Remember how in the early seasons of The Walking Dead there were always those plucky survivors doing their darnedest to cure whatever was turning people into zombies? They had a dream that with a simple potion or pill they could bring back a beloved family member from a mouth foaming brain eater. After a while the smart people realized that there was no hope of recovery and the delusional scientists would eventually find themselves eaten by the relative zombie. But what if there was a way to bring the undead back to the realm of the living and the rational? What would society think of those who had once been a brain crazy zombie? The Cured digs deep into a world science found a solution. But can society deal with them? Can those that had turned be able to return to normal?
Maze virus turned a large chunk of Ireland’s population into killing zombies, but a cure was found that was able to convert nearly 75% of the victims. Senan (Sam Keeley) has been brought back to the living and now lives with his sister-in-law Abigail (X-Men‘s Ellen Page). He’s doing his best to adapt to the real world, but it’s tough. Turns out that while he acted like a mindless killing machine, he still has a lot of memories of his time attacking and killing people. He does his best to help out at a facility that’s looking for cures for the 25% that are still stuck with the virus. But life gets more difficult when he runs into his old zombie buddy Conor (Tom Vaughan-Lawlor). He seems like he misses his old life when he didn’t have to worry about laws and and being nice to people. Even though he’s cured, people worry that he’s not fully human and refuse to trust him. And maybe there right. Maybe he’s not fully human. Things get intense when Senan gets word that the government might give up on the uncurable 25%.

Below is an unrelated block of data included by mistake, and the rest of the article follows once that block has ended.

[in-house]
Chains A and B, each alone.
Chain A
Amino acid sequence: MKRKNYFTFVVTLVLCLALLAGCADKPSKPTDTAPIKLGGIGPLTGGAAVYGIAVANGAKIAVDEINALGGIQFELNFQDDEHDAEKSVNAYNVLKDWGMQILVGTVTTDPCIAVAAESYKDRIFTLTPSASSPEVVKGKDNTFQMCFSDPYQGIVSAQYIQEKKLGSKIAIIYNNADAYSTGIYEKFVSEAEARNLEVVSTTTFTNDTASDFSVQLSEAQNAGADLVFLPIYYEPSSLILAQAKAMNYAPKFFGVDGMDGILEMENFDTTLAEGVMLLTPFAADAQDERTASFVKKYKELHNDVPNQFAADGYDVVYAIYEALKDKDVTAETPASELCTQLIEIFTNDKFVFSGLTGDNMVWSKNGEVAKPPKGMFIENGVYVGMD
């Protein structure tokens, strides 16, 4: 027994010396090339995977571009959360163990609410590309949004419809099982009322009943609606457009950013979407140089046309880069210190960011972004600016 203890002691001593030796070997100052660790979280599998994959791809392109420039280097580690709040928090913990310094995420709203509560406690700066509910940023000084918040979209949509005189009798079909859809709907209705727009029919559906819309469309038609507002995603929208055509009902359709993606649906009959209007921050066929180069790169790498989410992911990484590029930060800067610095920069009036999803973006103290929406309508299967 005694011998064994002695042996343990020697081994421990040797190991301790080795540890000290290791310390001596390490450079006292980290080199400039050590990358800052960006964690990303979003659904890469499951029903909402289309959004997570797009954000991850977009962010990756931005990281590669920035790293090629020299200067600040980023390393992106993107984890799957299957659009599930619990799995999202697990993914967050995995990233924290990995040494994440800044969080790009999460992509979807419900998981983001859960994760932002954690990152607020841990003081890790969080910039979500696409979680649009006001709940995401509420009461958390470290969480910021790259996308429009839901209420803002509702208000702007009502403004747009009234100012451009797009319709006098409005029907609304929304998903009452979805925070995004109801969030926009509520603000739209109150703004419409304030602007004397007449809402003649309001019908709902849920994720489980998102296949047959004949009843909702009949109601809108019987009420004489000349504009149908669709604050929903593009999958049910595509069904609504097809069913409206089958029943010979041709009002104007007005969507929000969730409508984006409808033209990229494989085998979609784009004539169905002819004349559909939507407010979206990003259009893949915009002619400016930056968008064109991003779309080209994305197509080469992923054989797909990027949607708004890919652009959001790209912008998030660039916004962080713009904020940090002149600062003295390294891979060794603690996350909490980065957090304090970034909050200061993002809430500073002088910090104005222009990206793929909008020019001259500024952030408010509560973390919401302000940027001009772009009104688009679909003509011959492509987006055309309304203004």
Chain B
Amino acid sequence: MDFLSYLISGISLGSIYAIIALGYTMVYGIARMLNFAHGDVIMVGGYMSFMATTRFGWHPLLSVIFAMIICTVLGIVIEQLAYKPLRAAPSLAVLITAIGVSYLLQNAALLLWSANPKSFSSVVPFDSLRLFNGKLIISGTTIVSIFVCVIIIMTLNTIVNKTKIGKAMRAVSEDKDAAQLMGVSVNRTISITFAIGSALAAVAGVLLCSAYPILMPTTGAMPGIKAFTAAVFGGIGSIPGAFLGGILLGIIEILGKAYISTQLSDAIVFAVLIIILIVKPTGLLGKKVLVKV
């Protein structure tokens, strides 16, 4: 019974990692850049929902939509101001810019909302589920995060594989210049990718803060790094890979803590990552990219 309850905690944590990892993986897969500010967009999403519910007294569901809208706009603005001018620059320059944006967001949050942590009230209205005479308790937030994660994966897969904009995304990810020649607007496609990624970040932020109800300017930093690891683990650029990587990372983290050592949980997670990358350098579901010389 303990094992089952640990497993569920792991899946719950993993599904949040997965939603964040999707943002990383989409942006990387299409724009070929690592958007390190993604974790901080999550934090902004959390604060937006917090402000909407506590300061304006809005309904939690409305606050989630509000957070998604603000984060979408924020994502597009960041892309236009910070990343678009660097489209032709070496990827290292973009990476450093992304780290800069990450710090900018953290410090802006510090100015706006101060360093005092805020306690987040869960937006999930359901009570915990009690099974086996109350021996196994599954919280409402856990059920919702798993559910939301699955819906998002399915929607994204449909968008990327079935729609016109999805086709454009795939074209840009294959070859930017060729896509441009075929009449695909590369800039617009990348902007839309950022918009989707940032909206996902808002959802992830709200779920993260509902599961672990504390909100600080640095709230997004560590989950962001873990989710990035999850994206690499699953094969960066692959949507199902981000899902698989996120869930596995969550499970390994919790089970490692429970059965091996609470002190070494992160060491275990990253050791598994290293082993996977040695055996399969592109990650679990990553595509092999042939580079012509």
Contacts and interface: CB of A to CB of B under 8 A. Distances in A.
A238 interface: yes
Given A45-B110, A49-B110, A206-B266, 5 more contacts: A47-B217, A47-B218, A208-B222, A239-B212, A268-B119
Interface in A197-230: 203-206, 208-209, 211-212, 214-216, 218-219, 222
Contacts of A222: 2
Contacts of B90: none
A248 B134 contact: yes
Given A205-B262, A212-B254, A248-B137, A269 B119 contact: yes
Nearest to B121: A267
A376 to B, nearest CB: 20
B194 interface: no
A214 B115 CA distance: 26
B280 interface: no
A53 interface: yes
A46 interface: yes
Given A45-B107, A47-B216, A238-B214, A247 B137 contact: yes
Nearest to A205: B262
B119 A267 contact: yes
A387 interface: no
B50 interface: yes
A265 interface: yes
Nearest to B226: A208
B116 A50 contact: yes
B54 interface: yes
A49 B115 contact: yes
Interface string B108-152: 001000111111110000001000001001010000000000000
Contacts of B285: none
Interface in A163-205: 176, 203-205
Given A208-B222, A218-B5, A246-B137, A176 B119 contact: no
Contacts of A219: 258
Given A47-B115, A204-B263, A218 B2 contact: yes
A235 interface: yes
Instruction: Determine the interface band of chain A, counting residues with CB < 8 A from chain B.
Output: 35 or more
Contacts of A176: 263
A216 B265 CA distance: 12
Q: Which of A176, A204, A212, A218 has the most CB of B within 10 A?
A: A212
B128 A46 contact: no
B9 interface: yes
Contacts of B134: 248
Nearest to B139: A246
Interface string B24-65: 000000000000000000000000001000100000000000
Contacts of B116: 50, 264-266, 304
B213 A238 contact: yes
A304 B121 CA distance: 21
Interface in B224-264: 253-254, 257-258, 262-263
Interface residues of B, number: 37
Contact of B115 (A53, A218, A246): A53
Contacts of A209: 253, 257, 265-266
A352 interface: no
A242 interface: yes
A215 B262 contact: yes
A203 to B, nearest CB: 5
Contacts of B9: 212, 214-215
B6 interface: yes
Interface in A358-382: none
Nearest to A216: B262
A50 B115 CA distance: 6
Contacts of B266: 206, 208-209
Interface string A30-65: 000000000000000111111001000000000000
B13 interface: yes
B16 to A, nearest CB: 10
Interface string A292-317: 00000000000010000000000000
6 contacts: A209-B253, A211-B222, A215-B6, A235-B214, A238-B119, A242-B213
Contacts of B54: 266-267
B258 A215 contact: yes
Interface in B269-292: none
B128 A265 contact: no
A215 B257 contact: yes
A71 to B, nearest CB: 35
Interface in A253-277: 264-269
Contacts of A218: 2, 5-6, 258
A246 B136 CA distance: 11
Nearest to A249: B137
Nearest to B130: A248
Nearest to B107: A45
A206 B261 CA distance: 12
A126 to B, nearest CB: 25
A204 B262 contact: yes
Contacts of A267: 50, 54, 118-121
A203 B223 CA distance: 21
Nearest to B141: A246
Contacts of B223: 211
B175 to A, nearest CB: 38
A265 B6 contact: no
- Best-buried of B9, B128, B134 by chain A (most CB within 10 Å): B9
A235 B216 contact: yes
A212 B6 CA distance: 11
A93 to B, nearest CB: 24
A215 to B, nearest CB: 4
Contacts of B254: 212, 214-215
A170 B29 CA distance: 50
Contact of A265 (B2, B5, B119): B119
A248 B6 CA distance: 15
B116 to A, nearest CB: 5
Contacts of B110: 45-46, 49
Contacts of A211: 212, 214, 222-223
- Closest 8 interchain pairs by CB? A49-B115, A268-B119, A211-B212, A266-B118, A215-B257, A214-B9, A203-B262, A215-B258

In world that has been clogged with zombie movies and TV shows over the last decade, The Cured stands out. Would someone feel a lot of guilt if they were brought back? How would you deal with memories of eating someone’s face away? Would you feel comfortable near a reformed zombie? What do you do with yourself after you’ve tasted brains? The Cured gets deep into a George Romero zombie world without losing it’s Irish feel.
The video is 2.35:1 anamorphic. The film gives a blue haze to Dublin during the struggle. The audio is 5.1 DTS HD Master Audio Surround so you can hear the zombies running up on you. There’s also a 2.0 mix in case you want to keep your attacks at the front of the screen. The movie has English and Spanish subtitles.
Behind the Scenes (6:17) shows how director David Freyne was able to make a zombie film that’s more than just “who will survive.”
Theatrical Trailer (2:26) does a fine job setting up the fears on both sides.
Scream Factory presents The Cured. Directed by David Freyne. Screenplay by: David Freyne. Starring: Ellen Page, Sam Keeley, Tom Vaughan-Lawlor, Stuart Graham, Paula Malcomson, Hilda Fay. Rated: R. Running Time: 95 minutes. Released: July 3, 2018.
Joe Corey is the writer and director of "Danger! Health Films" currently streaming on Night Flight and Amazon Prime. He's the author of "The Seven Secrets of Great Walmart People Greeters." This is the last how to get a job book you'll ever need. He was Associate Producer of the documentary "Moving Midway." He's worked as local crew on several reality shows including Candid Camera, American's Most Wanted, Extreme Makeover Home Edition and ESPN's Gaters. He's been featured on The Today Show and CBS's 48 Hours. Dom DeLuise once said, "Joe, you look like an axe murderer." He was in charge of research and programming at the Moving Image Archive.